Money management is a valuable skill that every child should experience and learn. Many poor financial decisions made in adulthood involving large amounts of money are honest mistakes that could have been prevented with some experience in earning and managing smaller amounts of money during childhood. What is the best way for a parent to teach their child this vital skill? How can parents provide opportunities for their children to earn and manage their money?
(Note: throughout this article, I have used “him” as the pronoun referring to the child. Of course this applies to both girls and boys!)
I am personally thankful for the opportunities and encouragement I had as a child to be entrepreneurial and look for ways to earn my own money. I remember when I was five years old, I had my own garden plot and I would sell produce from that plot. It was completely my own project – I bought the seeds, did everything to take care of the garden, and figured out ways to sell my produce. At about age 7, I was making some little wooden toys to sell. Looking for one-off opportunities is valuable too. I remember (I was about 6, I think) my grandpa having a bumper crop of strawberries one year that were going to rot. I “contracted” with our neighbor who liked to make strawberry-rhubarb pie and picked 25 lbs of strawberries for them.
Encouraging a child to come up with ways to make money from those other than his parents is good as it helps avoid the mentality of depending on Mom or Dad for money. I remember many times that Mom didn’t have anything extra for me to do to make money, so it was up to me to figure out how I was going to earn money elsewhere. This encouraged me to be resourceful. As I got older and became a youth and young adult, I often learned new skills and ran businesses as needed. This was such a great experience for me and has taught me many valuable lessons in resourcefulness, perseverance, responsibility, and money management.
This is important and simple preparation for real life. So here are eight tips for parents to use in helping their children earn and manage money.
1. No allowances!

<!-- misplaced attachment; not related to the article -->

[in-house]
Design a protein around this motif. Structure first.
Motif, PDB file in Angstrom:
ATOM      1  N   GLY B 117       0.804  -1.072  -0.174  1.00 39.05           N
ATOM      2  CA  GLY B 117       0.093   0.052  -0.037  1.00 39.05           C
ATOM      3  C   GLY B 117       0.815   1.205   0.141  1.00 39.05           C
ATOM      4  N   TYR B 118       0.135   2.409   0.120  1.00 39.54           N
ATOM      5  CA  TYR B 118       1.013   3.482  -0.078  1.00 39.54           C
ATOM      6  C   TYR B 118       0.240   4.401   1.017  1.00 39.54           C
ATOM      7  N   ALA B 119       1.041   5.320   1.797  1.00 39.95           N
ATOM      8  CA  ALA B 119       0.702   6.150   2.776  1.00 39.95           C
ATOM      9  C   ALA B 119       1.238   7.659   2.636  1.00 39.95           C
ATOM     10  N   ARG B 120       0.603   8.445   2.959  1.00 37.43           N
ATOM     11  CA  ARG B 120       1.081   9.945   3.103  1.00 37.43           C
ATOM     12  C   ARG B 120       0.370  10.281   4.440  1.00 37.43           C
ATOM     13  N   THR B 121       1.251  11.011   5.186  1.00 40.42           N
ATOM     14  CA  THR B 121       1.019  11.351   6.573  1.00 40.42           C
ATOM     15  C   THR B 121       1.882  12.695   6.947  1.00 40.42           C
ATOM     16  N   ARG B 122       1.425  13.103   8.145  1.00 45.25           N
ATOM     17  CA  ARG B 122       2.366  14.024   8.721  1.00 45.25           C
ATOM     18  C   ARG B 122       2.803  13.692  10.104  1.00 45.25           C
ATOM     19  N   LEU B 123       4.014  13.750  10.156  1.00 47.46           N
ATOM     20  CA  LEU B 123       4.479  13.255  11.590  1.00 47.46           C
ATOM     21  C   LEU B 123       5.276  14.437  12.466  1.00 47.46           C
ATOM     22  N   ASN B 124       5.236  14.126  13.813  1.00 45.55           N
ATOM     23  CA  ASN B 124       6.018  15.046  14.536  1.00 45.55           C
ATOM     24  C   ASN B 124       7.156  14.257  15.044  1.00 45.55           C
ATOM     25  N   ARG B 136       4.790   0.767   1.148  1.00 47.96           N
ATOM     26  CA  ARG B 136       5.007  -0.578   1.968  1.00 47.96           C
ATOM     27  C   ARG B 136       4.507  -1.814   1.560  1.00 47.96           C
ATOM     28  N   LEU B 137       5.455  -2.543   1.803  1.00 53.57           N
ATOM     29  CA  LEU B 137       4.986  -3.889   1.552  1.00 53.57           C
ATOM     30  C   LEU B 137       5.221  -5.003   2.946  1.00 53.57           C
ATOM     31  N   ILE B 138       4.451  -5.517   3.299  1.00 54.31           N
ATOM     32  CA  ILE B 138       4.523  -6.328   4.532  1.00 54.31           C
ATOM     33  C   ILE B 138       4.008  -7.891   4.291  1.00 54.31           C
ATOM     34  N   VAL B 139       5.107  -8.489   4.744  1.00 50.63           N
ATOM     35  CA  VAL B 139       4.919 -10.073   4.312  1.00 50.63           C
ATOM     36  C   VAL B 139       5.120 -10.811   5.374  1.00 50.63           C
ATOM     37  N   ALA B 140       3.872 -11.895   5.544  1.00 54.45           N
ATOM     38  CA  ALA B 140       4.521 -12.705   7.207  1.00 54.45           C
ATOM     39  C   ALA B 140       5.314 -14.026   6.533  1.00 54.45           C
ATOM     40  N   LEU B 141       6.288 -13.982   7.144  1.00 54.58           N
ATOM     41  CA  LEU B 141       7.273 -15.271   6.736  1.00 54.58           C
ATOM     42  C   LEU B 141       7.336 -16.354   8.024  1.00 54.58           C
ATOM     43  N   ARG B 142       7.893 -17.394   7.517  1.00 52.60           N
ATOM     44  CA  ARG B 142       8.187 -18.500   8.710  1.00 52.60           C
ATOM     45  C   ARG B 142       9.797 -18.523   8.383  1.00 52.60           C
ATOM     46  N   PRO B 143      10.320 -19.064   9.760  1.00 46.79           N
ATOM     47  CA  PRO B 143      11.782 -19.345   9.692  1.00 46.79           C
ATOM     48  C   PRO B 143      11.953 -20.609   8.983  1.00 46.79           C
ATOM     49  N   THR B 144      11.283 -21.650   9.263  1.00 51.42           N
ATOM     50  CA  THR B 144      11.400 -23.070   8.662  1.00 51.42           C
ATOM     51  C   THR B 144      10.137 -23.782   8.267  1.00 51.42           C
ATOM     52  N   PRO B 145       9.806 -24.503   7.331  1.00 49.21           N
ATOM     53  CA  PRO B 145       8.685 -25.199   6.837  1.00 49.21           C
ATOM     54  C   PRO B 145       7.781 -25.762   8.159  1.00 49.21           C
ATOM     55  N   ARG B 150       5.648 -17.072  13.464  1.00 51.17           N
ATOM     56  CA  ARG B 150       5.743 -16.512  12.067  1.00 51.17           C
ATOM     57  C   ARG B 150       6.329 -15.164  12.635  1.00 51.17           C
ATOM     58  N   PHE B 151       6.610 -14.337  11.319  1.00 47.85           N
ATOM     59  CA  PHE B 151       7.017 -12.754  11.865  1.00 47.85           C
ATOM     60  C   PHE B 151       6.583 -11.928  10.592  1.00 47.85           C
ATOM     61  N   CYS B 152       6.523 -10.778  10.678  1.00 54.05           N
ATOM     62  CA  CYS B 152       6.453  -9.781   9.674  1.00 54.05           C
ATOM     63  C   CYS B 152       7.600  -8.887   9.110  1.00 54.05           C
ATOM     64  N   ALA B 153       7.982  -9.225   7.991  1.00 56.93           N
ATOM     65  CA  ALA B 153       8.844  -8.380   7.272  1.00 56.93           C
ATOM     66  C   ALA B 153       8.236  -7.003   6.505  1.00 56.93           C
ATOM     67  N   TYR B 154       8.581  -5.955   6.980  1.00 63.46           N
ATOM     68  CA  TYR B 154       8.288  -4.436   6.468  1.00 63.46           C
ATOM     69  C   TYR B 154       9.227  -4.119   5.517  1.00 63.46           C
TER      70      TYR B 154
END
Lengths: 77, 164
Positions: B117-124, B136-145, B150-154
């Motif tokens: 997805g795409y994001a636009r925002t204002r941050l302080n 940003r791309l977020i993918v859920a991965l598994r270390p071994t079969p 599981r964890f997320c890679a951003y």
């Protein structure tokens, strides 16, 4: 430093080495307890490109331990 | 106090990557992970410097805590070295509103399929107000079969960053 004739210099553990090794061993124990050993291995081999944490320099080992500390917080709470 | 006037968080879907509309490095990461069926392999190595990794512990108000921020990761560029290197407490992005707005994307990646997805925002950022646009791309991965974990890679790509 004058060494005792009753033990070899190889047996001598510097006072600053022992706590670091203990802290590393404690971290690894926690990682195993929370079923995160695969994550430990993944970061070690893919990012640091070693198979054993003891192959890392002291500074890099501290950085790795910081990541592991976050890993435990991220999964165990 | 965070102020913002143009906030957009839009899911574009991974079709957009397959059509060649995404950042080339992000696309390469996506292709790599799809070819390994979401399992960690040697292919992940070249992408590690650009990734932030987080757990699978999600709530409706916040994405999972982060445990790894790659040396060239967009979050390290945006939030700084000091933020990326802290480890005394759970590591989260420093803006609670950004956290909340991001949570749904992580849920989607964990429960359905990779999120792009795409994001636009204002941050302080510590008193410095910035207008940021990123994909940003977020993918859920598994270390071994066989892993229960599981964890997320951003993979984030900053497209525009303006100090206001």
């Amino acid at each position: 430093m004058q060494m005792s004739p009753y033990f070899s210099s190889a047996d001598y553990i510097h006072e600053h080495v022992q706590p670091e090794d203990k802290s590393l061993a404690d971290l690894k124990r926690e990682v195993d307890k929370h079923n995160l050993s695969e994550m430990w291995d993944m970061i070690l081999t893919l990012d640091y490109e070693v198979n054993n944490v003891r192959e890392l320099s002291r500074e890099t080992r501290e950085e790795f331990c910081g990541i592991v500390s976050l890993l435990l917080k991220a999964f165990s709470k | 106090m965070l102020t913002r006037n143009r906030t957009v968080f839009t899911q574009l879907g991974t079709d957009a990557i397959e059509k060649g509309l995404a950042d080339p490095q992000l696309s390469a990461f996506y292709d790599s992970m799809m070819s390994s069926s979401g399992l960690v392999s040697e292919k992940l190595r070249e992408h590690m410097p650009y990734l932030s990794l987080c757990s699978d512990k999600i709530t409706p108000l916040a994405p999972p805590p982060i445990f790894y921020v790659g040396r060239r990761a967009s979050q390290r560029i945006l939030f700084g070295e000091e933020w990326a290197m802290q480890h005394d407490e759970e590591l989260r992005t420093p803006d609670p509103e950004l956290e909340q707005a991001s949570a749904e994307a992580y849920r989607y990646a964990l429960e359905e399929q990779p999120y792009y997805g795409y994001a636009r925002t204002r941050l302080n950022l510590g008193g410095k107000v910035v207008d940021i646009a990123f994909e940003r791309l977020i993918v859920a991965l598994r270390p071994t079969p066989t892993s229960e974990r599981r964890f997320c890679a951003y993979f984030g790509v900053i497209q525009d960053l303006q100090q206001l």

Giving children an allowance is very common, but in reality it’s not the ideal way to teach money management. As most adults understand all-too well, money doesn’t come free! We want to prepare our children for real life, and we should be careful to not give them an unrealistic view and experience during childhood. We want our children to become responsible adults, capable of earning their own money, and we should avoid anything that may give them a feeling of “entitlement” as if someone owes them money. Not only can allowances teach irresponsibility, but a child who receives allowances will be in for quite a shock when they encounter the real world!
Instead of providing an allowance, provide opportunities for them to earn money.
2. Jobs to earn money should be “extra”.
Without the allowance, parents will need to help their child find some other ways to earn money. Home is a good place to start, but money-making jobs should be ones that are out of the ordinary round of daily chores. We adults don’t get paid to clean our house, cook breakfast, or take out the trash, etc., and neither should our children. Children should be trained to willingly help with the chores of the home as a normal part of life.
Again, it is important to keep in mind what the purpose is of giving a child the opportunity to earn some money – it is to help prepare him for real life. Jobs for pay should be over and above the usual daily chores. I’ll share some examples later.
3. Making money on their own time
Just as we adults have to manage our time to be able to tend to the duties of the home and our paying jobs, children should also have this experience.
A daily schedule is important for any family. There should be regular times for rising and going to bed, for eating, for family worship, and other such essentials. The daily duties of the home should also be part of the schedule, and these can take up quite a bit of time. In fact, with young children most of the day will be spent doing household duties and outside work – like washing dishes, sweeping, vacuuming, cleaning the bathroom, doing the laundry, gardening, carrying firewood, etc. As any parent knows, the chores always take longer when the children help, so these things can easily take up a large portion of the day. It’s all part of education! In addition to the chores, be sure to include time to play with your little child, time outdoors and in nature (for all ages!), and some time for study if needed by the young person. The age of the child will dictate exactly what is placed on the schedule.